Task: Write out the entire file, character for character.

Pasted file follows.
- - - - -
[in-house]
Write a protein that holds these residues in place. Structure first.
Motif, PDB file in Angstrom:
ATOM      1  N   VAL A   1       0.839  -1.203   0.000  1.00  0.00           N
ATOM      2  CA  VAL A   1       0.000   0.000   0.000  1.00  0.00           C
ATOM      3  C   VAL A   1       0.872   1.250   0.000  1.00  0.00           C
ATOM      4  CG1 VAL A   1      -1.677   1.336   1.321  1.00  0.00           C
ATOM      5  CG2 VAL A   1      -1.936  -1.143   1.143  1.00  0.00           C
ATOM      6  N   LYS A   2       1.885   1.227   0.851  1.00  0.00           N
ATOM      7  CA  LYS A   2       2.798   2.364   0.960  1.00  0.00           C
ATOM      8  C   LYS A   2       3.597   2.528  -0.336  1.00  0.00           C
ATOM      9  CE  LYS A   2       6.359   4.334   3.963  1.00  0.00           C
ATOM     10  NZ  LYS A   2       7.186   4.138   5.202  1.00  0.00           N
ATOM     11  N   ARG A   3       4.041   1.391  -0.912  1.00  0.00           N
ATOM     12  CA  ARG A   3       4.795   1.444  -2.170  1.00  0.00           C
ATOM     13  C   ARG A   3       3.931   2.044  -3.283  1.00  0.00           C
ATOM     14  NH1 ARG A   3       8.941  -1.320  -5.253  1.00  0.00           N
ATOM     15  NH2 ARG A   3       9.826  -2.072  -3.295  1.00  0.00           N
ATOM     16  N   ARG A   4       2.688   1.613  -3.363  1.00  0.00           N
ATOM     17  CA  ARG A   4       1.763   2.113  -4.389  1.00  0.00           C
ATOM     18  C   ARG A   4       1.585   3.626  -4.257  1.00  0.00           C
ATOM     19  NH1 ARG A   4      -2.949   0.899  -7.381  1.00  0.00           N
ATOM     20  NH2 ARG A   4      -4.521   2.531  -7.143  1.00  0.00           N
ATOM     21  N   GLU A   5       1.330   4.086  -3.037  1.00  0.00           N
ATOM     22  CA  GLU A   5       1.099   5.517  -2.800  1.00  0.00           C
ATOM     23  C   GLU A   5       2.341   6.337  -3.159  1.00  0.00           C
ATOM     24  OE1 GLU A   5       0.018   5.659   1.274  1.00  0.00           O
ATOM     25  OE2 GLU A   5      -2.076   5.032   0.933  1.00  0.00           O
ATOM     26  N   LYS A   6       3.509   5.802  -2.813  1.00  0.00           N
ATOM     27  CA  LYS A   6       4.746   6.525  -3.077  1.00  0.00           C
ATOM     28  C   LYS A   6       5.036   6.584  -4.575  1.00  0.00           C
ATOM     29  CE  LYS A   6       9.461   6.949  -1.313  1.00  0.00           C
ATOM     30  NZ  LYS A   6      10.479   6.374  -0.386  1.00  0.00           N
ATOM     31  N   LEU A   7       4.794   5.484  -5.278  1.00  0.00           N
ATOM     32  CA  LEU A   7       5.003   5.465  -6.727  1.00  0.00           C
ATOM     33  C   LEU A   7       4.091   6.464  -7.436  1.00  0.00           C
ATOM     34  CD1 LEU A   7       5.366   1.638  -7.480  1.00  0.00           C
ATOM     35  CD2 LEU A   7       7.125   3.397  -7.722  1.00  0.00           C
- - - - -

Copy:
[in-house]
Write a protein that holds these residues in place. Structure first.
Motif, PDB file in Angstrom:
ATOM      1  N   VAL A   1       0.839  -1.203   0.000  1.00  0.00           N
ATOM      2  CA  VAL A   1       0.000   0.000   0.000  1.00  0.00           C
ATOM      3  C   VAL A   1       0.872   1.250   0.000  1.00  0.00           C
ATOM      4  CG1 VAL A   1      -1.677   1.336   1.321  1.00  0.00           C
ATOM      5  CG2 VAL A   1      -1.936  -1.143   1.143  1.00  0.00           C
ATOM      6  N   LYS A   2       1.885   1.227   0.851  1.00  0.00           N
ATOM      7  CA  LYS A   2       2.798   2.364   0.960  1.00  0.00           C
ATOM      8  C   LYS A   2       3.597   2.528  -0.336  1.00  0.00           C
ATOM      9  CE  LYS A   2       6.359   4.334   3.963  1.00  0.00           C
ATOM     10  NZ  LYS A   2       7.186   4.138   5.202  1.00  0.00           N
ATOM     11  N   ARG A   3       4.041   1.391  -0.912  1.00  0.00           N
ATOM     12  CA  ARG A   3       4.795   1.444  -2.170  1.00  0.00           C
ATOM     13  C   ARG A   3       3.931   2.044  -3.283  1.00  0.00           C
ATOM     14  NH1 ARG A   3       8.941  -1.320  -5.253  1.00  0.00           N
ATOM     15  NH2 ARG A   3       9.826  -2.072  -3.295  1.00  0.00           N
ATOM     16  N   ARG A   4       2.688   1.613  -3.363  1.00  0.00           N
ATOM     17  CA  ARG A   4       1.763   2.113  -4.389  1.00  0.00           C
ATOM     18  C   ARG A   4       1.585   3.626  -4.257  1.00  0.00           C
ATOM     19  NH1 ARG A   4      -2.949   0.899  -7.381  1.00  0.00           N
ATOM     20  NH2 ARG A   4      -4.521   2.531  -7.143  1.00  0.00           N
ATOM     21  N   GLU A   5       1.330   4.086  -3.037  1.00  0.00           N
ATOM     22  CA  GLU A   5       1.099   5.517  -2.800  1.00  0.00           C
ATOM     23  C   GLU A   5       2.341   6.337  -3.159  1.00  0.00           C
ATOM     24  OE1 GLU A   5       0.018   5.659   1.274  1.00  0.00           O
ATOM     25  OE2 GLU A   5      -2.076   5.032   0.933  1.00  0.00           O
ATOM     26  N   LYS A   6       3.509   5.802  -2.813  1.00  0.00           N
ATOM     27  CA  LYS A   6       4.746   6.525  -3.077  1.00  0.00           C
ATOM     28  C   LYS A   6       5.036   6.584  -4.575  1.00  0.00           C
ATOM     29  CE  LYS A   6       9.461   6.949  -1.313  1.00  0.00           C
ATOM     30  NZ  LYS A   6      10.479   6.374  -0.386  1.00  0.00           N
ATOM     31  N   LEU A   7       4.794   5.484  -5.278  1.00  0.00           N
ATOM     32  CA  LEU A   7       5.003   5.465  -6.727  1.00  0.00           C
ATOM     33  C   LEU A   7       4.091   6.464  -7.436  1.00  0.00           C
ATOM     34  CD1 LEU A   7       5.366   1.638  -7.480  1.00  0.00           C
ATOM     35  CD2 LEU A   7       7.125   3.397  -7.722  1.00  0.00           C